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By Huf Haus
Bitcoin was born in the midst of a banking crisis. In January 2009, the first block was mined on the Bitcoin network, known as the “genesis block,” and it had these words coded into it:
‘"Chancellor on brink of second bailout for banks"
That line comes straight from the headline of a newspaper headline from Jan. 3, 2009 detailing banks being bailed out (again) by the British government. Global banks like Lehman Brothers had already collapsed, residential homes were being repossessed across the world, and central agencies had very few options other than to print more money to save the financial system. Taxpayers footed the bill, and the bankers and brokers responsible for the mess went about their business again.
Amidst this chaos Bitcoin was created as an alternative financial system, free from the intervention of governments and central banks, governed by immutable code.
Just over 14 years later, and we have another widespread banking crisis on our hands, with the demise of several U.S. banks including Silicon Valley Bank, Signature Bank and First Republic. Bitcoin is also 14 years older, having gone from being an online experiment to the 12th largest asset in the world, with a market cap of $540 billion. That makes it more valuable than VISA, a world leader in digital payments.
Over this time, Bitcoin has also popularized the potential of decentralized payments networks, powered by a blockchain. This led to subsequent blockchains being developed such as Ethereum, Litecoin and Ripple. Each of these blockchains has its own token, which is used to facilitate transactions and incentivise participants to settle transactions. The total market cap now of all these cryptocurrencies including Bitcoin exceeds $1.2 trillion.
So if cryptocurrencies can gain such rapid traction post one banking crisis, what is the future of cryptocurrencies in this uncertain world with a wave of fresh banking failures? Opinions vary, from skeptics that say Bitcoin should be worth $0, to others that were willing to bet that Bitcoin would soon be above $1 million.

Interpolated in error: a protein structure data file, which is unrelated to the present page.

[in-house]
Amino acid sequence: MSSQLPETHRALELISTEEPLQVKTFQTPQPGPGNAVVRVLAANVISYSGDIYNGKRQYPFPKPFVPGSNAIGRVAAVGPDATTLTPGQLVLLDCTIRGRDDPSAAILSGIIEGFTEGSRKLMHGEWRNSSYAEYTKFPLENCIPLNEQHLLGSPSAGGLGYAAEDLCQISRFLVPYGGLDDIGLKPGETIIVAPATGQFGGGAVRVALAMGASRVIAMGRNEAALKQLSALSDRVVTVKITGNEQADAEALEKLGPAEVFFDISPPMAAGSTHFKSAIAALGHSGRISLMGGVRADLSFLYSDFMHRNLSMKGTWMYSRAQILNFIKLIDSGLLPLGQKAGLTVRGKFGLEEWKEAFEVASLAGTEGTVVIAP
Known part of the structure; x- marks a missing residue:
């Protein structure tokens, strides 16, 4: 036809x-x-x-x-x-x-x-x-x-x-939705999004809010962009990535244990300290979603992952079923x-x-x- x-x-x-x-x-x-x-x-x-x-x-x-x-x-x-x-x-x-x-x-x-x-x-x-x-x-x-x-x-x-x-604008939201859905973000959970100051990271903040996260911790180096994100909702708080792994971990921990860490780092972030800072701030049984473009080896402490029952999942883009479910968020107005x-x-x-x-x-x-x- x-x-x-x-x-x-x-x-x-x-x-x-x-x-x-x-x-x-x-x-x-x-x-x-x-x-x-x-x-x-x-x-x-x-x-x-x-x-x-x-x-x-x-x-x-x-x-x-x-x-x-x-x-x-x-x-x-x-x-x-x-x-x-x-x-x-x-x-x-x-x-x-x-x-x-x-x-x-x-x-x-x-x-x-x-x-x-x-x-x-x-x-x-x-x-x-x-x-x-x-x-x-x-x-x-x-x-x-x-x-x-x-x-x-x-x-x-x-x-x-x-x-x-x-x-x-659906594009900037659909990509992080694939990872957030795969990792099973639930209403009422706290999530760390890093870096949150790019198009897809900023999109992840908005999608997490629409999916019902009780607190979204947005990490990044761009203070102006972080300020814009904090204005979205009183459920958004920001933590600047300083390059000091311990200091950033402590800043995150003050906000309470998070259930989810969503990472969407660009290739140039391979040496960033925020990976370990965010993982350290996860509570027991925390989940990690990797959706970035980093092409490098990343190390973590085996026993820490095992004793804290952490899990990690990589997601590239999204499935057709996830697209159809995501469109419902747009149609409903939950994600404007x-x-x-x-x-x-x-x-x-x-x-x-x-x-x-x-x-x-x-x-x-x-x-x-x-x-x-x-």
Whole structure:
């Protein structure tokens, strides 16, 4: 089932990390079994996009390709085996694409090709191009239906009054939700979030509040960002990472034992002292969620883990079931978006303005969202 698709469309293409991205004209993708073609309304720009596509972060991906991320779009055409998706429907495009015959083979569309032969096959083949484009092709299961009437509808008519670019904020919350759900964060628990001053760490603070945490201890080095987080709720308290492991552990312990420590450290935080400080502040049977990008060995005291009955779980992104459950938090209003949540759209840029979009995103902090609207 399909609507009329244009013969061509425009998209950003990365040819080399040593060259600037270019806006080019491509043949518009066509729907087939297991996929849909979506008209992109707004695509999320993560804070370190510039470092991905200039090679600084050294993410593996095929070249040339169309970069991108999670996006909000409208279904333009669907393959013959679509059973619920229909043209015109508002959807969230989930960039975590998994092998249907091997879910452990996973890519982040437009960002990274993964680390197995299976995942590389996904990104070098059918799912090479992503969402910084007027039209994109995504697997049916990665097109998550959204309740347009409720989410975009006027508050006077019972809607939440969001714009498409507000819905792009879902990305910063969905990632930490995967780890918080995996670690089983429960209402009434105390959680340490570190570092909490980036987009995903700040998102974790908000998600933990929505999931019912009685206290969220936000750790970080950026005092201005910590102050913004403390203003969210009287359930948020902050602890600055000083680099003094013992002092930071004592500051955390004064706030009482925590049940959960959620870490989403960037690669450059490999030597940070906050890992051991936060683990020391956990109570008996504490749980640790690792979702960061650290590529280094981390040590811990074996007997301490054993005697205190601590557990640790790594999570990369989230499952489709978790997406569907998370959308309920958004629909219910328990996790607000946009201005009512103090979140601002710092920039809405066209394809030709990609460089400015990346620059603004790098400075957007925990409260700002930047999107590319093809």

To dive deeper into the potential impact of the banking crisis, we have to turn our attention to the most powerful organization in the world, the U.S. Federal Reserve.
Role of central banks
The Federal Reserve has a dual mandate:
1.To maintain price stability (low inflation).
2. To maintain full employment.
To do this, they have a range of tools available to them, but ultimately it boils down to two major things:
Setting interest rates.
Controlling the amount of dollars in circulation.
These two policy tools not only affect governments and companies (who need to borrow money at that new rate), they also impact ordinary individuals, who have either debt they need to pay back, savings that get eroded in value, or things to buy which are subject to rising inflation.
Indeed, these two decisions also directly impact the price of a range of assets, including equities, bonds, commodities, foreign currencies and cryptocurrencies. Since 2009, the Federal Reserve has maintained a low interest rate policy, creating an environment where many asset classes flourished including cryptocurrencies. However, now that inflation is more than just a transitory phenomenon, the Fed have had to pull on their levers to increase interest rates, from 0.00% to >5% now.
The banks that had bought lots of U.S. government debt when interest rates were low, are now sitting on billions of dollars of losses as interest rates rise, and the value of those older bonds decreases (since newer bonds have better interest rates). This is a simplified version of what went wrong with SVB and other banks.
Bitcoin as money